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A Question For Tony

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Alan Hyde View Drop Down
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    Posted: 29 May 2003 at 4:00pm

Hi Tony,

My wife knows how much it means to me to see and photograph B.nasicornis in the wild, but we do not want to take the children to such a dangerous country and give them maleria tablets. She has said ,that if I want to, she wouldn't mind me going on my own.

Can you tell me, what is the best area , and time of year for nasicornis observation?

Thanks,

Alan

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Post Options Post Options   Thanks (0) Thanks(0)   Quote Alan Hyde Quote  Post ReplyReply Direct Link To This Post Posted: 30 May 2003 at 10:20am

Hi Tony ,

Many thanks for all the info , much appreciated. I think I'll order that book this afternoon.

I've often pondered over how one field herps in places like Africa .For instance , you don't want to be photographing Bitis arietans only to have a lion pounce on your back, there's some pretty dangerous wildlife , and people out there. How did you go about it? Did you just take the risk and walk around alone?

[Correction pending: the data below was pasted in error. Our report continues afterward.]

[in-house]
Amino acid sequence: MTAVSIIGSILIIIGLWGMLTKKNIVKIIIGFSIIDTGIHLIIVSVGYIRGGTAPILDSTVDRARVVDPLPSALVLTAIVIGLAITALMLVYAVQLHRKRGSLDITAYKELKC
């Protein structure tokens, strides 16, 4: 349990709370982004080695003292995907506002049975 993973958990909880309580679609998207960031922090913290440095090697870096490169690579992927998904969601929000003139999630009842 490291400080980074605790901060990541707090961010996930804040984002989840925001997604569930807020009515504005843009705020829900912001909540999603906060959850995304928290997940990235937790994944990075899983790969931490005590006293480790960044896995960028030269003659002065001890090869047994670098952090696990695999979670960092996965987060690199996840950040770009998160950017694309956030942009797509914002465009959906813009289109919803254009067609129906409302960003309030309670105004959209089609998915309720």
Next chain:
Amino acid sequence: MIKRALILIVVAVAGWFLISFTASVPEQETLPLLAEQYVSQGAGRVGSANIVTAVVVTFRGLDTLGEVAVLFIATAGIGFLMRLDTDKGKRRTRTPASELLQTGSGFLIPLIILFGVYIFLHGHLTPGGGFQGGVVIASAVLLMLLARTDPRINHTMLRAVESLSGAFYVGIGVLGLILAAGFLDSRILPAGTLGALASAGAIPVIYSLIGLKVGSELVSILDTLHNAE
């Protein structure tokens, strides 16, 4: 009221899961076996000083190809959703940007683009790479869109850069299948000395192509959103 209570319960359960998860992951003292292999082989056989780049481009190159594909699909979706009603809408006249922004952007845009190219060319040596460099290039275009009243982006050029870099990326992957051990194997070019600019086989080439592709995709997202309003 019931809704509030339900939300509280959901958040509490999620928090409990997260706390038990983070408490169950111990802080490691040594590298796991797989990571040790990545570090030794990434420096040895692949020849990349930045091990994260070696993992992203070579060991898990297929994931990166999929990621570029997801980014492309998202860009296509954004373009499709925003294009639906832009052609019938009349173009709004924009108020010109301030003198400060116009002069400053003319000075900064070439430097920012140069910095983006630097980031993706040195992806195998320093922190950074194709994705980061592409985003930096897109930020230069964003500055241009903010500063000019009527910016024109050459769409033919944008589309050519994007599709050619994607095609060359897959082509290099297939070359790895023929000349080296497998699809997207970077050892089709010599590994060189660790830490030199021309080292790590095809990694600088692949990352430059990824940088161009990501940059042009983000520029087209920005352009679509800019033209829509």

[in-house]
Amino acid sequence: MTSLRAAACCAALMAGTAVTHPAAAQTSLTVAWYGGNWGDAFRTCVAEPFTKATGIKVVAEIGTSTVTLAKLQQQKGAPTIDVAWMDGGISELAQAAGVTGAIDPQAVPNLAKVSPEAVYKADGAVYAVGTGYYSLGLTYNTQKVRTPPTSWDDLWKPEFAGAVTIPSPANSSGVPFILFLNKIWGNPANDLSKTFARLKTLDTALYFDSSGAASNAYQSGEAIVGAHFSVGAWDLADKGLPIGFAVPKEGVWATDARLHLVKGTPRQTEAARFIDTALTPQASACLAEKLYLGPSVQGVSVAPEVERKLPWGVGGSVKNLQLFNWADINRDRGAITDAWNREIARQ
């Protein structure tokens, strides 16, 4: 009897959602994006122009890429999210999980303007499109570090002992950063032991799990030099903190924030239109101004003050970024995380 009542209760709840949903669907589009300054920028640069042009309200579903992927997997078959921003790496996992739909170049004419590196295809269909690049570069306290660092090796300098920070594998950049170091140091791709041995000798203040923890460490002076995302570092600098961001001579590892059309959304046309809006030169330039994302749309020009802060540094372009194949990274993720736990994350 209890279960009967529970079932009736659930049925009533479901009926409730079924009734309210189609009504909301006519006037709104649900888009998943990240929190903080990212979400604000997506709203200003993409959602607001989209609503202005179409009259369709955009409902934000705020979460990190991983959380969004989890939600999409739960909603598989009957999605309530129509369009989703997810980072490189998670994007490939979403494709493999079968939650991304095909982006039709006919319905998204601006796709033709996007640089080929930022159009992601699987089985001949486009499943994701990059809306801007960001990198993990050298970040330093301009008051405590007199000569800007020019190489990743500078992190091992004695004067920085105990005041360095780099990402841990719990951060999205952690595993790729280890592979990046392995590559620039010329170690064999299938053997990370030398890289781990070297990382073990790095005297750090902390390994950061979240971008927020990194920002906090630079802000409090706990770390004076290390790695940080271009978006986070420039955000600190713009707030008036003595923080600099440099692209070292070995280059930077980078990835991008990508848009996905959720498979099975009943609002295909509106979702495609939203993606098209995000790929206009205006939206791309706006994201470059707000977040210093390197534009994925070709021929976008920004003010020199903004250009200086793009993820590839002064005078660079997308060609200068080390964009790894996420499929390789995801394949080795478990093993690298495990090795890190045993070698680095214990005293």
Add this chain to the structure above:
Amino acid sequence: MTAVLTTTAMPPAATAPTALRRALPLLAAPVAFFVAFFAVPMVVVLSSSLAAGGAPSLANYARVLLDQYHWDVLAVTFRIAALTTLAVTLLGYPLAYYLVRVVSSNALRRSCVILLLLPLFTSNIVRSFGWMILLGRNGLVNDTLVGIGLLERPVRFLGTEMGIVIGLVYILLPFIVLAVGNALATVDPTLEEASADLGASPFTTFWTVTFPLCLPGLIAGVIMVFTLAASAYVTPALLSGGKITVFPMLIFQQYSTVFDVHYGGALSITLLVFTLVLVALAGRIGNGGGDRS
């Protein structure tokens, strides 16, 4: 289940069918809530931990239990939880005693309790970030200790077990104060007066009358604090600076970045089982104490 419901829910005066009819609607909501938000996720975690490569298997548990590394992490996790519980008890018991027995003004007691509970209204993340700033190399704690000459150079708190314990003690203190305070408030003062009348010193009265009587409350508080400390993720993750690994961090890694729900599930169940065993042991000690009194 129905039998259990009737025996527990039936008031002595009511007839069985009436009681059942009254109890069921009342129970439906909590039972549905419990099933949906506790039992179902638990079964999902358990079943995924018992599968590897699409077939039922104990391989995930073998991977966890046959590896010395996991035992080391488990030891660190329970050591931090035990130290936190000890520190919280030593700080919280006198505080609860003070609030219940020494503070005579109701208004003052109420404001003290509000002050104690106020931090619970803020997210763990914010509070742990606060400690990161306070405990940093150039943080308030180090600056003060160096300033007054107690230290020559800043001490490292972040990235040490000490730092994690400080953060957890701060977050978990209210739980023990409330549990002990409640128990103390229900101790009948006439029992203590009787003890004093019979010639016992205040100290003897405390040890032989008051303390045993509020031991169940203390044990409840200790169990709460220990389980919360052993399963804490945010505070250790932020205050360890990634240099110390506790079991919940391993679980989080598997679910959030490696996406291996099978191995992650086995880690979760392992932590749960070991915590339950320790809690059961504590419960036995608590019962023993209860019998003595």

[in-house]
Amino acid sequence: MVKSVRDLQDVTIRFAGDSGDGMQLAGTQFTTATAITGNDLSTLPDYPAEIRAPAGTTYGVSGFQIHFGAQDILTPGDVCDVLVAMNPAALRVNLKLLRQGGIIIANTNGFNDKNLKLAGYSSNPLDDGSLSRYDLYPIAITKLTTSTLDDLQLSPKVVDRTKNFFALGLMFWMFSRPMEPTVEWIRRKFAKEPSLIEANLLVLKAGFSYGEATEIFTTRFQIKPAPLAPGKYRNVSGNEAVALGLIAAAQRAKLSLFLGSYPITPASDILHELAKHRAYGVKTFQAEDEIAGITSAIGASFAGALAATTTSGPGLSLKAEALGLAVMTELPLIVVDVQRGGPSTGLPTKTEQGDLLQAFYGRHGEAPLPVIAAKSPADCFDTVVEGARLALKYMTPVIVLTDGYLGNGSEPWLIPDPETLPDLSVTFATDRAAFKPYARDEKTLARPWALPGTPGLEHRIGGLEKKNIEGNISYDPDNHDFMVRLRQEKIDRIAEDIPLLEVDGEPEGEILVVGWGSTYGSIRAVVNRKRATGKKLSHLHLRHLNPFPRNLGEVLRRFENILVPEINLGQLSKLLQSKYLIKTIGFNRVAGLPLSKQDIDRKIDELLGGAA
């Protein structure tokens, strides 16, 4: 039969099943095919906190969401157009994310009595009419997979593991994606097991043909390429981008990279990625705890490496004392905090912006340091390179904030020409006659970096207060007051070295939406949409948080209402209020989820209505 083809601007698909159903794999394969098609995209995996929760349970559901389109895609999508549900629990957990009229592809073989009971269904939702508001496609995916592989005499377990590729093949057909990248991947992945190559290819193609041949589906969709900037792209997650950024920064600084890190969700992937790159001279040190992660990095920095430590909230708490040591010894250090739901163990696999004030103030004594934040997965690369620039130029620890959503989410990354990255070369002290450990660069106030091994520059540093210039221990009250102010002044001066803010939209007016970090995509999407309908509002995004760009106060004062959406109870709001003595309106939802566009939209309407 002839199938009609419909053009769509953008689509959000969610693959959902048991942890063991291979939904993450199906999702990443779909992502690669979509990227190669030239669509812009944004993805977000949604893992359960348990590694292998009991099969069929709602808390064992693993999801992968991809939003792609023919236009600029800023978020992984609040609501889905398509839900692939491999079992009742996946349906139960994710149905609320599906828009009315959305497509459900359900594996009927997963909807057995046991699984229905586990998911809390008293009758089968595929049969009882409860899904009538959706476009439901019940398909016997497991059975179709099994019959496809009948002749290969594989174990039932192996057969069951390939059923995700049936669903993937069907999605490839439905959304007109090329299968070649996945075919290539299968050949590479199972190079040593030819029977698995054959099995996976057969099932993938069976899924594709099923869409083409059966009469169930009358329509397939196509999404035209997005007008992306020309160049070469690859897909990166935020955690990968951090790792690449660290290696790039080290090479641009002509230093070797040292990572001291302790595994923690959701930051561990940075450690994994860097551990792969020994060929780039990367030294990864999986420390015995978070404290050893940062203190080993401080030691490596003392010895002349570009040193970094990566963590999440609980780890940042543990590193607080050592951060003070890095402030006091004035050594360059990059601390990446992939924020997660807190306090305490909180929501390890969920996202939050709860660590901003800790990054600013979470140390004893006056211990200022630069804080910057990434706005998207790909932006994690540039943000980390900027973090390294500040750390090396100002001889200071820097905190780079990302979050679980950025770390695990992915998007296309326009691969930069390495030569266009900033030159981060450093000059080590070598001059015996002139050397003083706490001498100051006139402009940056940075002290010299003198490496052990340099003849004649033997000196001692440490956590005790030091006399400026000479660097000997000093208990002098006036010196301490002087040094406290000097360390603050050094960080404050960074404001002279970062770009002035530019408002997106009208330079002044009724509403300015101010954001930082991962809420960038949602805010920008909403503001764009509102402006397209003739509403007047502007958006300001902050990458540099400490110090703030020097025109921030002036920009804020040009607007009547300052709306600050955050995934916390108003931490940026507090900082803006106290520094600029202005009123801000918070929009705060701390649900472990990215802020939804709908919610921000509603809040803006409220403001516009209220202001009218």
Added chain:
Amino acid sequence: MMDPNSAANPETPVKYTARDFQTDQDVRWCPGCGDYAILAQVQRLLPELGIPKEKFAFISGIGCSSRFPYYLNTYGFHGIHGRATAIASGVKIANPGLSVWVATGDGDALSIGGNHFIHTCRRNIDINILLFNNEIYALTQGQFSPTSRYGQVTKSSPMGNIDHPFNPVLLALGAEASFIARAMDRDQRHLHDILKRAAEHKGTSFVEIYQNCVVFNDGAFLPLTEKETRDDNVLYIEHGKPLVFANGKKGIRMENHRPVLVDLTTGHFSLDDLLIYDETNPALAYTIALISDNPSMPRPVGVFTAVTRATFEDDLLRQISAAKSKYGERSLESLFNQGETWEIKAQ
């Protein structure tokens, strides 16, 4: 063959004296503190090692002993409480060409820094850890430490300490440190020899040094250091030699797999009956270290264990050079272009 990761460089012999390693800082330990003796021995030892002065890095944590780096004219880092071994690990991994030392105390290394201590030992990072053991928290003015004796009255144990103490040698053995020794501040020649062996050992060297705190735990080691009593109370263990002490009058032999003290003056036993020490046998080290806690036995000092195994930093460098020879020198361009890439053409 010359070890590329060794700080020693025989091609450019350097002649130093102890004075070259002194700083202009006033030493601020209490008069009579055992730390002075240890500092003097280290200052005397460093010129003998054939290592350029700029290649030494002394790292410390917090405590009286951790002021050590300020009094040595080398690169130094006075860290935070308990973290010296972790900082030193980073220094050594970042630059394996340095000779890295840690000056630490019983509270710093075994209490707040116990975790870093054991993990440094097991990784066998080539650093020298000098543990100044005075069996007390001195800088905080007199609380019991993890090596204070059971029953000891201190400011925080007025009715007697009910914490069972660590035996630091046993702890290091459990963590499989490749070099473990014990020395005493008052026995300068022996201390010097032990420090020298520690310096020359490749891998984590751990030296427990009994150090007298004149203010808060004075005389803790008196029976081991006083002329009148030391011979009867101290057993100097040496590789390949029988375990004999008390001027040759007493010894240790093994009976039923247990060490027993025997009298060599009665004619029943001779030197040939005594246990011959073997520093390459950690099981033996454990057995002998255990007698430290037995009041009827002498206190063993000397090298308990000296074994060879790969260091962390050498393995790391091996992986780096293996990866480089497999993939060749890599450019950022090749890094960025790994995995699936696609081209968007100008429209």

Sarah has been saying for the last few years , "Go on , you go ..I really don't mind , if you don't get it out of your system it'll always eat away at you". But then , I've been reluctant . Not only because of the possible dangers but, also because it'd be pretty daunting being in a foriegn land totaly alone.

Anyway, thanks once again,

Alan

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Post Options Post Options   Thanks (0) Thanks(0)   Quote Alan Hyde Quote  Post ReplyReply Direct Link To This Post Posted: 30 May 2003 at 9:20pm

Hi Tony ,

Thanks for a fascinating read! I've often wondered about such situations , and it's great to read about it from someone like yourself that's been there and done it.

Good job you didn't race up that tree only to look up and see a leopard above.

I totaly relate to having a buddy when abroad . Like yourself I often mooch alone in the UK , but rarely in another country. I have done it , but aside from the risks like you mention(bites) it's also nice to share a laugh , and excitement when encountering a new species. I often go into the field with my brother ,(a herp lover, but not as obsessive as myself), and we have taken herp curious people with us on the odd occasion. It simply doesn't work with the herp curious holiday maker . Rarely do they have the devotion , or stamina. They often also freak when a snake slides across infront of them, then comes the , "Shouldn't we be heading back now "(After just about half hour).

Back to Africa-

Yes , I must admit Crocs and hippos would be my main concern , but as you said , common sense is the key here. Dukuduku Forest KwaZuluNatal sounds like a fantastic place , and to see wild gabonica would be a good substitute for nasicornis . I must confess i've had little experience with elapids , having only ever kept naja atra. Mind you , I feel confident that I wouldn't make any disasterous boo boos if a spitter did show up.